26      private static void sleep(int milliseconds) {
    27        try {
    28          Thread.sleep(milliseconds);
    29        } catch (Exception e) {
    30        }
    31      }
    32    }

This example adds one more Play action called pageSize (line 14). This action takes a URL string as the argument, and makes an asynchronous call to it, using a built-in facility to make web service calls. Upon receiving a response, it simply counts the characters received and reports the result to the browser. Since the call is asynchronous, the action pageSize returns before the response is received. Instead of returning a value of Result type, it returns a promise of the result, i.e. F.Promise<Result> (lines 18-19). Similarly, the asynchronous call (line 17) returns a promise of a web service response instead of the response itself.

Promises, promises

Invoking the map method on this promise (line 18) creates another promise, but this time it is the promise of a Result. When the actual web service response for the call arrives, the responsePromise gets satisfied, and the processResponse() method will be called. This method does the actual conversion a web service result to a Result (to satisfy the result promise). Once the Result is available (line 23), the framework will convert it to an HTTP response which will get returned to the browser. Keeping track of the pending promises is performed automatically by the framework, the above code is all I had to write to make the example work.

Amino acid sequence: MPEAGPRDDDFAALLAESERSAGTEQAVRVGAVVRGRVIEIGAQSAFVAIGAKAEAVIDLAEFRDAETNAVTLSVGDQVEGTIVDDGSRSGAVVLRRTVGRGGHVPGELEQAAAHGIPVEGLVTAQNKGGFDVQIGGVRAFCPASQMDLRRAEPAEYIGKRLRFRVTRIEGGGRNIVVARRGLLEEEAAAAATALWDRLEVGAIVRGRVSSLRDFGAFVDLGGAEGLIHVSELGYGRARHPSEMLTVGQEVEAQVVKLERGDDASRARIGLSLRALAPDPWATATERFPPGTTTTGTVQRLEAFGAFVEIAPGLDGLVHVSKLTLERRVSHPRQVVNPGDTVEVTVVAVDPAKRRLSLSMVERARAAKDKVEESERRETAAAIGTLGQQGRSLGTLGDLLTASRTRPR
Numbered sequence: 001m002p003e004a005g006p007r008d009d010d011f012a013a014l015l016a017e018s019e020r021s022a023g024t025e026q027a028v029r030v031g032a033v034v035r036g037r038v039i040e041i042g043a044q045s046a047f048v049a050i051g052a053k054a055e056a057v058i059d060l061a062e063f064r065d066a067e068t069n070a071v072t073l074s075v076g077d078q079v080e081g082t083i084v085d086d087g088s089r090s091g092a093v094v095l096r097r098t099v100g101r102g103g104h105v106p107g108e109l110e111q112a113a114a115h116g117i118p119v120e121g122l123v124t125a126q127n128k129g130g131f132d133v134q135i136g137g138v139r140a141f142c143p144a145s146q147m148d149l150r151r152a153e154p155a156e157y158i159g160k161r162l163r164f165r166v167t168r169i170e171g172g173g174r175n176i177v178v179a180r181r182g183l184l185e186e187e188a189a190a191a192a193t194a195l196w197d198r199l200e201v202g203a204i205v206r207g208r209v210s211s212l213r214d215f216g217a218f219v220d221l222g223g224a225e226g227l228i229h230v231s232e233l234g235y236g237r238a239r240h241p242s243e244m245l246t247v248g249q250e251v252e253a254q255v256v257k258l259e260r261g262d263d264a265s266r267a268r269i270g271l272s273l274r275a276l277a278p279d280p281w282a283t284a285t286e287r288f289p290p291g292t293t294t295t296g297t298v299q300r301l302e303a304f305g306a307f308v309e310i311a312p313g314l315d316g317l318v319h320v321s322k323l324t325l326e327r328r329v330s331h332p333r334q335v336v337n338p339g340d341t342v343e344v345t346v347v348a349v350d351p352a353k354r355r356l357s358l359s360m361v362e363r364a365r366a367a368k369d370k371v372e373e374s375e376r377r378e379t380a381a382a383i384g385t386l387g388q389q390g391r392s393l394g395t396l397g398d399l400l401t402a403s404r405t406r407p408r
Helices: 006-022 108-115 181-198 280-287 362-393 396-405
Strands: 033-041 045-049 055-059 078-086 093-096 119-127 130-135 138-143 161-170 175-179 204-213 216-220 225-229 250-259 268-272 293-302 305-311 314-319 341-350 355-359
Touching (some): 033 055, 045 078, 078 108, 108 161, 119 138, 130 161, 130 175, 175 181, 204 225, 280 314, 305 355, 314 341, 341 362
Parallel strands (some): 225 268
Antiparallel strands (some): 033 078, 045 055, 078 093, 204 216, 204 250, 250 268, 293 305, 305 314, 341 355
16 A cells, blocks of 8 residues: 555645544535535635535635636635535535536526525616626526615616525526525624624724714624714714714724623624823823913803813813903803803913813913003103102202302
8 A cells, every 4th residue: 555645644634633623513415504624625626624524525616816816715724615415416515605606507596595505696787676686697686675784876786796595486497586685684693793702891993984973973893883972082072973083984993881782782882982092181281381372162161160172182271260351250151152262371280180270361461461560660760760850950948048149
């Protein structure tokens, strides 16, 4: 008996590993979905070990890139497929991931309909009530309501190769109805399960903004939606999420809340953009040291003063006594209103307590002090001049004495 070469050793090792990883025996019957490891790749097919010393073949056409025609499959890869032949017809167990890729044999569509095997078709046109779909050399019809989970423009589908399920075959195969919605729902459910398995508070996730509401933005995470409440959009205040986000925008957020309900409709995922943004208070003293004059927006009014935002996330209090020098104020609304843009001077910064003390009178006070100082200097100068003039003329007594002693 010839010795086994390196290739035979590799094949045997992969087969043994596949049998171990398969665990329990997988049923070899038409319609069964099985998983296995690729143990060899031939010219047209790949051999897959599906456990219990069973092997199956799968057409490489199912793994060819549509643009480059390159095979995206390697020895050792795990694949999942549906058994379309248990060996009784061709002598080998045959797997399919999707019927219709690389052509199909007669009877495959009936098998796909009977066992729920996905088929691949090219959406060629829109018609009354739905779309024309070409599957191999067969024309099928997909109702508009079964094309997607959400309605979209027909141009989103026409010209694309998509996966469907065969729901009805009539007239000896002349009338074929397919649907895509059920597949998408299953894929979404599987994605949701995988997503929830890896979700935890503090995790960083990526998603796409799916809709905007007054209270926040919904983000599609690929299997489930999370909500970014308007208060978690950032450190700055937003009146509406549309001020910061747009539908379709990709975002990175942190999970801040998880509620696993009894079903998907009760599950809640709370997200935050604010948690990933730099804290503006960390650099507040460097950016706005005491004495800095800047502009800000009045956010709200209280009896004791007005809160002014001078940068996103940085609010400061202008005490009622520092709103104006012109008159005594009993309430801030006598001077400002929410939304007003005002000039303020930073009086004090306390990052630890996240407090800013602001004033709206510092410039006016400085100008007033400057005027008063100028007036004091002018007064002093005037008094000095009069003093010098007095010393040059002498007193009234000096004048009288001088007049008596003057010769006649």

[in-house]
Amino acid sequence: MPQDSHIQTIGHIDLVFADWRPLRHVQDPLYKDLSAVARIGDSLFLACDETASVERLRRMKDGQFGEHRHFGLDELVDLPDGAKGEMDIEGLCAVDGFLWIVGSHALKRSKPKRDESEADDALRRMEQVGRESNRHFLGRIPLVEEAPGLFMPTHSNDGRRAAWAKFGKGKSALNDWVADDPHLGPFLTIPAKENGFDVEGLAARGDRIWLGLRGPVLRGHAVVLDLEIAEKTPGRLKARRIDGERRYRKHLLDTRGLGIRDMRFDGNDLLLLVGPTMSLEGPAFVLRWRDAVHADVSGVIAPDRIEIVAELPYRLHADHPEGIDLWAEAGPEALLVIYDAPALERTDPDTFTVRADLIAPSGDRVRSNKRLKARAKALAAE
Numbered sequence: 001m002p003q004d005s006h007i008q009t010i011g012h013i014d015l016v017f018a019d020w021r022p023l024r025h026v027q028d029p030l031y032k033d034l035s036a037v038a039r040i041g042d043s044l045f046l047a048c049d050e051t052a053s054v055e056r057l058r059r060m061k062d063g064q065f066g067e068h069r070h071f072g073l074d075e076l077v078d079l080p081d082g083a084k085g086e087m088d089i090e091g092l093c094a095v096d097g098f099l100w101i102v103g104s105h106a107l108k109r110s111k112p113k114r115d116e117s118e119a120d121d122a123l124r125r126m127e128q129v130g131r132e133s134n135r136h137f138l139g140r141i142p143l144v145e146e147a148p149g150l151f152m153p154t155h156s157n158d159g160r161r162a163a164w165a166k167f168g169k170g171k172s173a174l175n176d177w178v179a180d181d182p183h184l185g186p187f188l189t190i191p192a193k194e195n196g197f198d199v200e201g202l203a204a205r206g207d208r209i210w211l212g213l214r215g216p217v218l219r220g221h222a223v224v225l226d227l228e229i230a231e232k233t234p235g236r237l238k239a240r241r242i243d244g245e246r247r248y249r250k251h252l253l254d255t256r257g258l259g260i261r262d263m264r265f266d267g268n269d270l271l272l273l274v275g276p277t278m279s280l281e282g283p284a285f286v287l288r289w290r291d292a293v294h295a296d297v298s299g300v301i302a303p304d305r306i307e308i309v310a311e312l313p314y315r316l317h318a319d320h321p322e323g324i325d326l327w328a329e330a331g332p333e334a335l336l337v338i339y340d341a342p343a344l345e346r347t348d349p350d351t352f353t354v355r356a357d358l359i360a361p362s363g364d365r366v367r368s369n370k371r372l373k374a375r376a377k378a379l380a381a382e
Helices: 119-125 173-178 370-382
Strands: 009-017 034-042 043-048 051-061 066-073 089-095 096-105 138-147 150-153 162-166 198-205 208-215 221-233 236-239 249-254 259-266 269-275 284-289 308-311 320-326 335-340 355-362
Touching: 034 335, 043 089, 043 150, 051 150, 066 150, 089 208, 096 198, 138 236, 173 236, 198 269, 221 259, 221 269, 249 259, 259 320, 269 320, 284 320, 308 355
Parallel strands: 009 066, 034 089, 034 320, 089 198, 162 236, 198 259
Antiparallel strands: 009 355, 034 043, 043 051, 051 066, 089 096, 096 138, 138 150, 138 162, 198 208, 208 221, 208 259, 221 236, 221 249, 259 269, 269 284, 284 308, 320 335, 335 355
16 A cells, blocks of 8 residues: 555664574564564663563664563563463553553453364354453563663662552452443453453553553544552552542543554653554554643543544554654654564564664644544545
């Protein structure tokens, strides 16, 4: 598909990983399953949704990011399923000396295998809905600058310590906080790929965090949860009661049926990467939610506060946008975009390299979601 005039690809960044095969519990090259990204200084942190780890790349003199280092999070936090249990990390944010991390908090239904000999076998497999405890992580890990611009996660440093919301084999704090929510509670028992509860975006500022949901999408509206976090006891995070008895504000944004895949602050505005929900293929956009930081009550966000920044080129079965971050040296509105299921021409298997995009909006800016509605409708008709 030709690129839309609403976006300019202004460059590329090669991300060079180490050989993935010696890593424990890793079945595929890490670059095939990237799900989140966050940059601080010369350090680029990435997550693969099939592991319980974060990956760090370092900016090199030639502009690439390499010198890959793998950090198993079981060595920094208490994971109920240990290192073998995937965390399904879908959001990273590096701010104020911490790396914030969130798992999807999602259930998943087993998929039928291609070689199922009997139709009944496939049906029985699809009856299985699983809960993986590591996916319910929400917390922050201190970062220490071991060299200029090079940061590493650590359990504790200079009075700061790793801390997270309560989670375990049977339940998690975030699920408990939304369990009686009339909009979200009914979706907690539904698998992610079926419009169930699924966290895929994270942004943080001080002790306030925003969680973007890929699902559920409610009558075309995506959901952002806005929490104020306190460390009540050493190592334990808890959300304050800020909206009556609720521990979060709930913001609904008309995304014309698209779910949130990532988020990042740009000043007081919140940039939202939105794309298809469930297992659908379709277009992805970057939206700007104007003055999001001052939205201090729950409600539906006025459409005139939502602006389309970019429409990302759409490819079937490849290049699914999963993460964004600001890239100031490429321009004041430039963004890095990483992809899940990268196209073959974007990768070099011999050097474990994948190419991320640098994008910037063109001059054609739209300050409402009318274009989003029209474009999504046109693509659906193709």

For the sake of simplicity, I specified the URL used in the first example as the argument for the new action. Thus, the application is asked to make a call to itself, using the "index" action from the previous example as the call target. The result displayed by the browser is shown below.

piotr blog1 p2.jpg

 

The Play framework and Diagnostics

Given the complexities of the Play framework, you might guess that monitoring Play-based applications is very challenging. So let’s cut to the chase and see how Diagnostics can show the invocation from the last example. The captured Call Profile is shown below. More technical details of the Diagnostics configuration for Play framework support will be discussed in a later section.

piotr blog1 p3.jpg

 

One of the first things to note is that this is a Cross-VM call profile, as the application made a call to itself (to make the index method invocation visible, I inserted a short sleep into this method). There are a number of things to point out in this Call Profile:

  • the outbound call itself is shown as Asynchronous, with the latency corresponding to the actual external call rather than the true internal latency of the method that started the call (which cannot be larger than the latency of any of its parents)